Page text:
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Mapping Underlying Dynamic Effective Connectivity In Neural Systems Using The Deconvolved Neuronal Activity

Baik, Seo Hyon (2010) Mapping Underlying Dynamic Effective Connectivity In Neural Systems Using The Deconvolved Neuronal Activity. Doctoral Dissertation, University of Pittsburgh. (Unpublished)

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ABSTRACTMAPPING UNDERLYING DYNAMIC EFFECTIVE CONNECTIVITY IN NEURAL SYSTEMS USING THE DECONVOLVED NEURONALACTIVITYSeo Hyon Baik, PhDUniversity of Pittsburgh, 2010Event-related functional magnetic resonance imaging (fMRI) has emerged as a tool for studying the functioning of the human brain. The study on fMRI supplies information on the underlying mechanism of the human brain, such as how a brain in good shape functions, how a brain affected by different diseases works, how a brain struggles to recover after damage and how different stimuli can modulate this recovery process.The variable of interest is the neuronal activities given a stimulus, however the signalbeing quantified by MRI scanner is the blood oxygenation level-dependent (BOLD) response which is the subordinate repercussion of the underlying neuronal activity such as local changes in blood flow, volume and oxygenation level that takes place within a few second of changes in neuronal activity. From this point of view, one may think that the neuronal-activity-based and BOLD-based studies would be dissimilar in yielding information on the underlying mechanism of the human brain. This dissertation is devoted primarily to estimating underlying neuronal activities given a stimuli. In particular, we develop a method of estimating intrinsic neuronal signals and haemodynamic responses under thefact that a BOLD response is expressed as a convolution of the underlying neuronal signaland the haemodynamic response function. We also present differences between the use of estimated neuronal signals and of observed BOLD responses in investigating causal relationships among heterogeneous brain regions using an ordinary vector autoregressive model.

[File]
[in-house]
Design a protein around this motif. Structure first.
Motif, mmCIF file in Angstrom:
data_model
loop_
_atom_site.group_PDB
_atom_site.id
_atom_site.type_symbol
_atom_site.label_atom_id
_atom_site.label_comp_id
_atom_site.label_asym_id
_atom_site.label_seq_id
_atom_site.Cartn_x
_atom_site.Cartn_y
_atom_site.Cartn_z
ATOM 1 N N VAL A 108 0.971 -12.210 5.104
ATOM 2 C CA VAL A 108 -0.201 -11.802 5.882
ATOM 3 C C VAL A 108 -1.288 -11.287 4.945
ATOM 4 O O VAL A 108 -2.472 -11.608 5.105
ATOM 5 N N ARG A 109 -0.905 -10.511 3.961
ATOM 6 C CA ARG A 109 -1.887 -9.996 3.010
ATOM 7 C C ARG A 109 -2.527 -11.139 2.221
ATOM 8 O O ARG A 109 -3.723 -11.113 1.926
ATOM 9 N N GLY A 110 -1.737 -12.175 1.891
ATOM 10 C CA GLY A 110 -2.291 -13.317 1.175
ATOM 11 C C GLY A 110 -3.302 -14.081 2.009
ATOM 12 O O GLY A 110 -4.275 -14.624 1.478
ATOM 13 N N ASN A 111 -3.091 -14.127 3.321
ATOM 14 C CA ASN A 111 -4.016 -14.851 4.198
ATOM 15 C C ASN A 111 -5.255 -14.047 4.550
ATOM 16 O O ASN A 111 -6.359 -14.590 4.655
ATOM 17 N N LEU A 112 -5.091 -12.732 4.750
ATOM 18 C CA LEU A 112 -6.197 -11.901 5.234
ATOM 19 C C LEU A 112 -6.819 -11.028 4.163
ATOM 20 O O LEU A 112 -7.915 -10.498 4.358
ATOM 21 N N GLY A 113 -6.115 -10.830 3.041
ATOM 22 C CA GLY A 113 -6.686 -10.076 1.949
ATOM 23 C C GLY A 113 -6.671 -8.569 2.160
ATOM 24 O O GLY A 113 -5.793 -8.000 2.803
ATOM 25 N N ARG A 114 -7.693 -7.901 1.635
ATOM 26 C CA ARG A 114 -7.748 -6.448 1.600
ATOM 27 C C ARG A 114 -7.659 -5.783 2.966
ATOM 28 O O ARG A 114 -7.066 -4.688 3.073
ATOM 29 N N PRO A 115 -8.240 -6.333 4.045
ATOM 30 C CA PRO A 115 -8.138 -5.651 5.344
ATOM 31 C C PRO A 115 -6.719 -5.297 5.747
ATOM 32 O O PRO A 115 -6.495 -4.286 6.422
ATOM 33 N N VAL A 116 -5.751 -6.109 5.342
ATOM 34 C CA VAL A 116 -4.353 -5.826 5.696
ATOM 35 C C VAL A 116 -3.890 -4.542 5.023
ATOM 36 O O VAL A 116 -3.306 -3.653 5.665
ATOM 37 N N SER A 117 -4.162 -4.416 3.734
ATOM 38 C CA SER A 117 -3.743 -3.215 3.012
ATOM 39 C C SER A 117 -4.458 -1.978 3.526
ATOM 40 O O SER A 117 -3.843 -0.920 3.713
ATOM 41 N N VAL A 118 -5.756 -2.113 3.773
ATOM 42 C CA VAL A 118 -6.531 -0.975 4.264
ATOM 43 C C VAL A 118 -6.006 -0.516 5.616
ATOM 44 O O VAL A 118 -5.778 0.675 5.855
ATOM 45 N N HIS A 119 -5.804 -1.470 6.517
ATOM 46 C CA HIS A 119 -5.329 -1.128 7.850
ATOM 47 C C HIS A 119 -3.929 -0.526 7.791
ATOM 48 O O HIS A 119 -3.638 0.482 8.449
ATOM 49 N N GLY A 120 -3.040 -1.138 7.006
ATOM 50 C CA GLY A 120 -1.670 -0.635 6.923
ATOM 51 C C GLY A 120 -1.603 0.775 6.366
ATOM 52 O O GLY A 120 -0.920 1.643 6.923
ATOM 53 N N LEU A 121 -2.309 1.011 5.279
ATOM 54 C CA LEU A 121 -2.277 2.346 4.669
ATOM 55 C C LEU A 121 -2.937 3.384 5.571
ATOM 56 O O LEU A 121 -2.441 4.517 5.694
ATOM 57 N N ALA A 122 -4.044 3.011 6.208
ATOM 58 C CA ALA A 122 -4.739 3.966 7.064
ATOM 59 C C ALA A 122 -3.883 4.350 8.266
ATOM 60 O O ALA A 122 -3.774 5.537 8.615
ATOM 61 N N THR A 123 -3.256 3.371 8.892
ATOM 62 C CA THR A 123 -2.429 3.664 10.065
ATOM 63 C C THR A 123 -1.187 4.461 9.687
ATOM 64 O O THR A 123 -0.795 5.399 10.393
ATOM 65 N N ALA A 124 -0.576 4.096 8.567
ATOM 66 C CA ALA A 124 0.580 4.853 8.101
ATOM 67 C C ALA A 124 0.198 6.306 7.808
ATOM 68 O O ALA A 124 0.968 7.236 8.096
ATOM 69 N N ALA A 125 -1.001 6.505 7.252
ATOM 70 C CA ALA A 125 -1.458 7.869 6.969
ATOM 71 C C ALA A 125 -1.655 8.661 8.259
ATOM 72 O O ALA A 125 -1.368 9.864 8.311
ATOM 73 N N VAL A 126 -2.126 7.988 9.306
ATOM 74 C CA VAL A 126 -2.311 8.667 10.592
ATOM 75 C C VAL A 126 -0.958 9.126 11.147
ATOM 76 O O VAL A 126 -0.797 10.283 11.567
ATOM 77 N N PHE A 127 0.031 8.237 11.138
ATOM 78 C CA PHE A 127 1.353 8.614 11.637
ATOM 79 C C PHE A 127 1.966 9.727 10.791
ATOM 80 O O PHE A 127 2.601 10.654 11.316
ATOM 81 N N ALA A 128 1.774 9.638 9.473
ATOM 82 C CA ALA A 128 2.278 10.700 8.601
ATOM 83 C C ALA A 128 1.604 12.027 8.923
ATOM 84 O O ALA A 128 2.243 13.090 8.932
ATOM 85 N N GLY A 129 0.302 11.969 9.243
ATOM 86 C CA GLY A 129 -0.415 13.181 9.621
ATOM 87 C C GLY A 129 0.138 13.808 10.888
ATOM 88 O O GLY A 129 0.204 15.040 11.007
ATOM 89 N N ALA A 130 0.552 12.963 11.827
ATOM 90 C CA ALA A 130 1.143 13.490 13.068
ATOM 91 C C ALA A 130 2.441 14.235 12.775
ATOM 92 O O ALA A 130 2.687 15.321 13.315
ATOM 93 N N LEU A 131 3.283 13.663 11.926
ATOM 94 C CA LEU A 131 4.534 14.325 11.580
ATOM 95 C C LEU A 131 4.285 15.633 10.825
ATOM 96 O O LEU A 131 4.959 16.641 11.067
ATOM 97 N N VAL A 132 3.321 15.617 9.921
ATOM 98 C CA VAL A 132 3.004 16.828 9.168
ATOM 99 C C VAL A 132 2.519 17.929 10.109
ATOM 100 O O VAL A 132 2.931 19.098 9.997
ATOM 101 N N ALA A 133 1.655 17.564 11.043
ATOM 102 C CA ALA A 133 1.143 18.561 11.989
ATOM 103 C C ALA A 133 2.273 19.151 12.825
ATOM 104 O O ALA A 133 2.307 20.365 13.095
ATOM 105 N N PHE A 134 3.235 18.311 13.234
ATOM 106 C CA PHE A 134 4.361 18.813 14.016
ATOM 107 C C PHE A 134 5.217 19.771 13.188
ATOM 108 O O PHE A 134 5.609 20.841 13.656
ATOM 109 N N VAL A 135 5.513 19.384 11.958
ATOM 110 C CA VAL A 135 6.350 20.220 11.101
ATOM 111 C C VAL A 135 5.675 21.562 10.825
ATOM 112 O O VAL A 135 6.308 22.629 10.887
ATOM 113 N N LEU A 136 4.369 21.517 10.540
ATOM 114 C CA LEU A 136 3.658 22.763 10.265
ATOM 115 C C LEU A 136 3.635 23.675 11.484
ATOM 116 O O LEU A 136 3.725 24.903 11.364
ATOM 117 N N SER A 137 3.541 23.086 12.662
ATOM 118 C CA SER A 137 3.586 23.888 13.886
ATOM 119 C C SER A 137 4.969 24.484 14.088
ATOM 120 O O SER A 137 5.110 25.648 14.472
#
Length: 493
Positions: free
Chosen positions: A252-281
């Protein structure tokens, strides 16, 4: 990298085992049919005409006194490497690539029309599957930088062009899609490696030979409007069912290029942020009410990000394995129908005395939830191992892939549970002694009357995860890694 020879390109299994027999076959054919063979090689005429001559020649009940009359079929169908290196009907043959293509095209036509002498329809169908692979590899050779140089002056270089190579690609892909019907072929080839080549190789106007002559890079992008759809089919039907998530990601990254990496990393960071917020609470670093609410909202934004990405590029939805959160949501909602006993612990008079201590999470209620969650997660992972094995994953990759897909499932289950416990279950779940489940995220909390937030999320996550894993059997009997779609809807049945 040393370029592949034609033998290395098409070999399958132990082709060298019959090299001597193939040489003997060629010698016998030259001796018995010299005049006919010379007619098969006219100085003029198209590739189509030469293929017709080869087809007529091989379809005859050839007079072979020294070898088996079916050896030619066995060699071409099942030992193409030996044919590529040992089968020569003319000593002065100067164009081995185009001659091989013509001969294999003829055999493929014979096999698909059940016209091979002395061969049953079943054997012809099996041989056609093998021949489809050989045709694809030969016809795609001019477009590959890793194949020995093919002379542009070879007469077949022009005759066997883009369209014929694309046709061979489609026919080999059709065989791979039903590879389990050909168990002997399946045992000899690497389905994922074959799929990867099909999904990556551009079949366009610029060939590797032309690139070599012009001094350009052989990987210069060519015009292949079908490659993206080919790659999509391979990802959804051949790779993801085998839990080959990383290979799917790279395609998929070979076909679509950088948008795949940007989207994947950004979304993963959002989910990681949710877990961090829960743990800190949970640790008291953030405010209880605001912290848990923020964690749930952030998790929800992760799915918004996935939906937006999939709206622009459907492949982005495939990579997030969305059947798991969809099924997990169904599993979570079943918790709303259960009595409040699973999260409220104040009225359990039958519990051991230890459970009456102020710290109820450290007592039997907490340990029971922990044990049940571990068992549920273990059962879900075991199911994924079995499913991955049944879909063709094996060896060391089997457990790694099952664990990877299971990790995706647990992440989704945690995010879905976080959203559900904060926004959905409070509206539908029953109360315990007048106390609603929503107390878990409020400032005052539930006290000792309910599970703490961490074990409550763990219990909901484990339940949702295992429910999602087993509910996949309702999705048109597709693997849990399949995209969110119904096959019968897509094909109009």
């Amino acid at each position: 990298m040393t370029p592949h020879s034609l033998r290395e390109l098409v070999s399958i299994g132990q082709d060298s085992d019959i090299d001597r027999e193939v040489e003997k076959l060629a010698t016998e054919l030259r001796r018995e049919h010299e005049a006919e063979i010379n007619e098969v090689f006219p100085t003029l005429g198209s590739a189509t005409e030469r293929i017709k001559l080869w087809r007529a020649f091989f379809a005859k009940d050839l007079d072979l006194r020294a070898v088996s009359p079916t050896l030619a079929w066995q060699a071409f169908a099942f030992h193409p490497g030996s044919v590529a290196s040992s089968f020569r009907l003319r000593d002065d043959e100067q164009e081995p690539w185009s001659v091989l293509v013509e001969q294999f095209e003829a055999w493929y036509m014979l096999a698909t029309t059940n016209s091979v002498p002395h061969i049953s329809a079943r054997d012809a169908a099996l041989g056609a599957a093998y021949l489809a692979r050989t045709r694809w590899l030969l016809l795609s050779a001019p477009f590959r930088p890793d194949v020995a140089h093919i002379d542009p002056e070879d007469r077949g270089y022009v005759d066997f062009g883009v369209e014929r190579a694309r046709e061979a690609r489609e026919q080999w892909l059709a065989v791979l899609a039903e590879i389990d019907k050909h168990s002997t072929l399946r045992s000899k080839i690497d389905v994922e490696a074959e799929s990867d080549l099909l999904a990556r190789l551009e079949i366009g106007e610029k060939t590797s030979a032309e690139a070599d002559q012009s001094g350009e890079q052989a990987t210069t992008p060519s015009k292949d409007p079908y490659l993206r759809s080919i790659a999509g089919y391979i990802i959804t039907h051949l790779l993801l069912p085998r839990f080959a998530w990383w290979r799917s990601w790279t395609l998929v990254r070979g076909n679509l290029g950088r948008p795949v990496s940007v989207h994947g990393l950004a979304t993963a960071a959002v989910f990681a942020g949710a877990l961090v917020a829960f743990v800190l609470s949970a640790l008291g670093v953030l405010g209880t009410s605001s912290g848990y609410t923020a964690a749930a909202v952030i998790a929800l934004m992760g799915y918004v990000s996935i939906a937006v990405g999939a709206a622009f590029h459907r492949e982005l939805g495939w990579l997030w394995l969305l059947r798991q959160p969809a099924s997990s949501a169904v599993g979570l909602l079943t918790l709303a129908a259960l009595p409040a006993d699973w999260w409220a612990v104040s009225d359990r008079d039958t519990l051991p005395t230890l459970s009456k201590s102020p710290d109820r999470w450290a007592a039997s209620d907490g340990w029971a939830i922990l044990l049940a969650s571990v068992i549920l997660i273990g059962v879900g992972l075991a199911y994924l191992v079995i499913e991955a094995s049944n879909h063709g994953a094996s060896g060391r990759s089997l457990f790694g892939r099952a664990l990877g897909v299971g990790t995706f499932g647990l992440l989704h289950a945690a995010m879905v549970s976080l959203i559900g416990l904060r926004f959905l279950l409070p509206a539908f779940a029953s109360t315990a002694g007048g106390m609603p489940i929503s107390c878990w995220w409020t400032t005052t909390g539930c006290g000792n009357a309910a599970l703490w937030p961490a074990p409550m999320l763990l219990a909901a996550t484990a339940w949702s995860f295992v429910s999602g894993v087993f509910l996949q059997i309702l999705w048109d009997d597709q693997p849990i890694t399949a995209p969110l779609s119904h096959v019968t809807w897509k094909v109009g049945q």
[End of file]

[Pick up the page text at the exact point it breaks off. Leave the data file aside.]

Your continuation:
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Item Type: University of Pittsburgh ETD
Status: Unpublished
CreatorsEmailPitt UsernameORCID
Baik, Seo Hyonshb6@pitt.eduSHB6
ETD Committee:
TitleMemberEmail AddressPitt UsernameORCID
Committee ChairGleser, Leon Jgleser@pitt.eduGLESER
Committee MemberKrafty, Robertkrafty@pitt.eduKRAFTY
Committee MemberThompson, Wesley
Committee MemberCheng, Yuyucheng@pitt.eduYUCHENG
Date: 28 September 2010
Date Type: Completion
Defense Date: 28 July 2010
Approval Date: 28 September 2010
Submission Date: 18 August 2010
Access Restriction: 5 year -- Restrict access to University of Pittsburgh for a period of 5 years.
Institution: University of Pittsburgh
Schools and Programs: Dietrich School of Arts and Sciences > Statistics
Degree: PhD - Doctor of Philosophy
Thesis Type: Doctoral Dissertation
Refereed: Yes
Uncontrolled Keywords: deconvolution of underlying neuronal signals; effective connectivity
Other ID:, etd-08182010-214622
Date Deposited: 10 Nov 2011 20:00
Last Modified: 15 Nov 2016 13:49


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